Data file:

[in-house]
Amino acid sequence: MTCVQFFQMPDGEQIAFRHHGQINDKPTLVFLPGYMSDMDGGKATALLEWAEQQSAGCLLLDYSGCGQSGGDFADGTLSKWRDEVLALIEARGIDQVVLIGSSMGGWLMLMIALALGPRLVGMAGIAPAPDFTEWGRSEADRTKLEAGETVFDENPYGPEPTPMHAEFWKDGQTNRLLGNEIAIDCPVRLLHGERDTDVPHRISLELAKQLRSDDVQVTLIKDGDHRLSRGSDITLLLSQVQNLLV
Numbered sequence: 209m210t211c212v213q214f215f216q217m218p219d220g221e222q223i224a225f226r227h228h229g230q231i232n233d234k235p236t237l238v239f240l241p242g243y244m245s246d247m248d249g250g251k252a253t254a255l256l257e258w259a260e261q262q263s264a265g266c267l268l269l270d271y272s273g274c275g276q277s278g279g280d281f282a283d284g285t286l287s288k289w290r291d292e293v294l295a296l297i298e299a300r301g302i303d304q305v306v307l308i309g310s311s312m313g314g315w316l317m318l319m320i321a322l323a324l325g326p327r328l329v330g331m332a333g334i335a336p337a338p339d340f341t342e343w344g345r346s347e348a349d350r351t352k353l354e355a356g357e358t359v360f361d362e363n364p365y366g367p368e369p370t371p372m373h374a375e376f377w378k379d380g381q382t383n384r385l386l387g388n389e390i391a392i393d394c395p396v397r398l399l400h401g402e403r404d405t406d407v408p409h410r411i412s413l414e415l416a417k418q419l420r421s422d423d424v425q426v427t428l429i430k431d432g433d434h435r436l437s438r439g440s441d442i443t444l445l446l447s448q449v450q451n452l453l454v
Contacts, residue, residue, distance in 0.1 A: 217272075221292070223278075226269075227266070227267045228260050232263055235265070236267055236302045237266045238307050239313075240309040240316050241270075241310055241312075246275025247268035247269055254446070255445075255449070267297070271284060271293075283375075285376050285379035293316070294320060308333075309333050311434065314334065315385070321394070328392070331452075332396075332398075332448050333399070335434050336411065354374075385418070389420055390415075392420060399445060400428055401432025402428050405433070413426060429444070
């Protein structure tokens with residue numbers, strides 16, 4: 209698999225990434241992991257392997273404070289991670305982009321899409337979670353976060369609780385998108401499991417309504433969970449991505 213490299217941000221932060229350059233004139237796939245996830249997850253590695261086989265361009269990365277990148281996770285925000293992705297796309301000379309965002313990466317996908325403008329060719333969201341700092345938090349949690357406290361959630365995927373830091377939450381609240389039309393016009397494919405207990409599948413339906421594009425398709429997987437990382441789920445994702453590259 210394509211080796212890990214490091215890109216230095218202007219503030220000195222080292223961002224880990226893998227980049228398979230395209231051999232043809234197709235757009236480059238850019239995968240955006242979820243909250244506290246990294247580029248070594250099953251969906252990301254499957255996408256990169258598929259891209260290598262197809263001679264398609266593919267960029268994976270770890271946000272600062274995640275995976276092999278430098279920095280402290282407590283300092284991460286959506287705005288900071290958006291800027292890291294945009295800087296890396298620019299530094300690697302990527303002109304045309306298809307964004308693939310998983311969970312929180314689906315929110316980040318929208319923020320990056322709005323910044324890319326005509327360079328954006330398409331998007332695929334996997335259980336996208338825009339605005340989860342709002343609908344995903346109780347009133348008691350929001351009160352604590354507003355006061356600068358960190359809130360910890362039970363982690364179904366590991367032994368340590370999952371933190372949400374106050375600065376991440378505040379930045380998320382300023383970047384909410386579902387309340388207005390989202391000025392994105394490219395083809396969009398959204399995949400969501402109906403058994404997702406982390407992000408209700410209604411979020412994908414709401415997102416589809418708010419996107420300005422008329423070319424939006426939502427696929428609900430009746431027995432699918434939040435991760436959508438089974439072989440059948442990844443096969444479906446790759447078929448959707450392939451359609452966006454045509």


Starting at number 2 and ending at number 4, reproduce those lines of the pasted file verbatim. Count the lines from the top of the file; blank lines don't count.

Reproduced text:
Amino acid sequence: MTCVQFFQMPDGEQIAFRHHGQINDKPTLVFLPGYMSDMDGGKATALLEWAEQQSAGCLLLDYSGCGQSGGDFADGTLSKWRDEVLALIEARGIDQVVLIGSSMGGWLMLMIALALGPRLVGMAGIAPAPDFTEWGRSEADRTKLEAGETVFDENPYGPEPTPMHAEFWKDGQTNRLLGNEIAIDCPVRLLHGERDTDVPHRISLELAKQLRSDDVQVTLIKDGDHRLSRGSDITLLLSQVQNLLV
Numbered sequence: 209m210t211c212v213q214f215f216q217m218p219d220g221e222q223i224a225f226r227h228h229g230q231i232n233d234k235p236t237l238v239f240l241p242g243y244m245s246d247m248d249g250g251k252a253t254a255l256l257e258w259a260e261q262q263s264a265g266c267l268l269l270d271y272s273g274c275g276q277s278g279g280d281f282a283d284g285t286l287s288k289w290r291d292e293v294l295a296l297i298e299a300r301g302i303d304q305v306v307l308i309g310s311s312m313g314g315w316l317m318l319m320i321a322l323a324l325g326p327r328l329v330g331m332a333g334i335a336p337a338p339d340f341t342e343w344g345r346s347e348a349d350r351t352k353l354e355a356g357e358t359v360f361d362e363n364p365y366g367p368e369p370t371p372m373h374a375e376f377w378k379d380g381q382t383n384r385l386l387g388n389e390i391a392i393d394c395p396v397r398l399l400h401g402e403r404d405t406d407v408p409h410r411i412s413l414e415l416a417k418q419l420r421s422d423d424v425q426v427t428l429i430k431d432g433d434h435r436l437s438r439g440s441d442i443t444l445l446l447s448q449v450q451n452l453l454v
Contacts, residue, residue, distance in 0.1 A: 217272075221292070223278075226269075227266070227267045228260050232263055235265070236267055236302045237266045238307050239313075240309040240316050241270075241310055241312075246275025247268035247269055254446070255445075255449070267297070271284060271293075283375075285376050285379035293316070294320060308333075309333050311434065314334065315385070321394070328392070331452075332396075332398075332448050333399070335434050336411065354374075385418070389420055390415075392420060399445060400428055401432025402428050405433070413426060429444070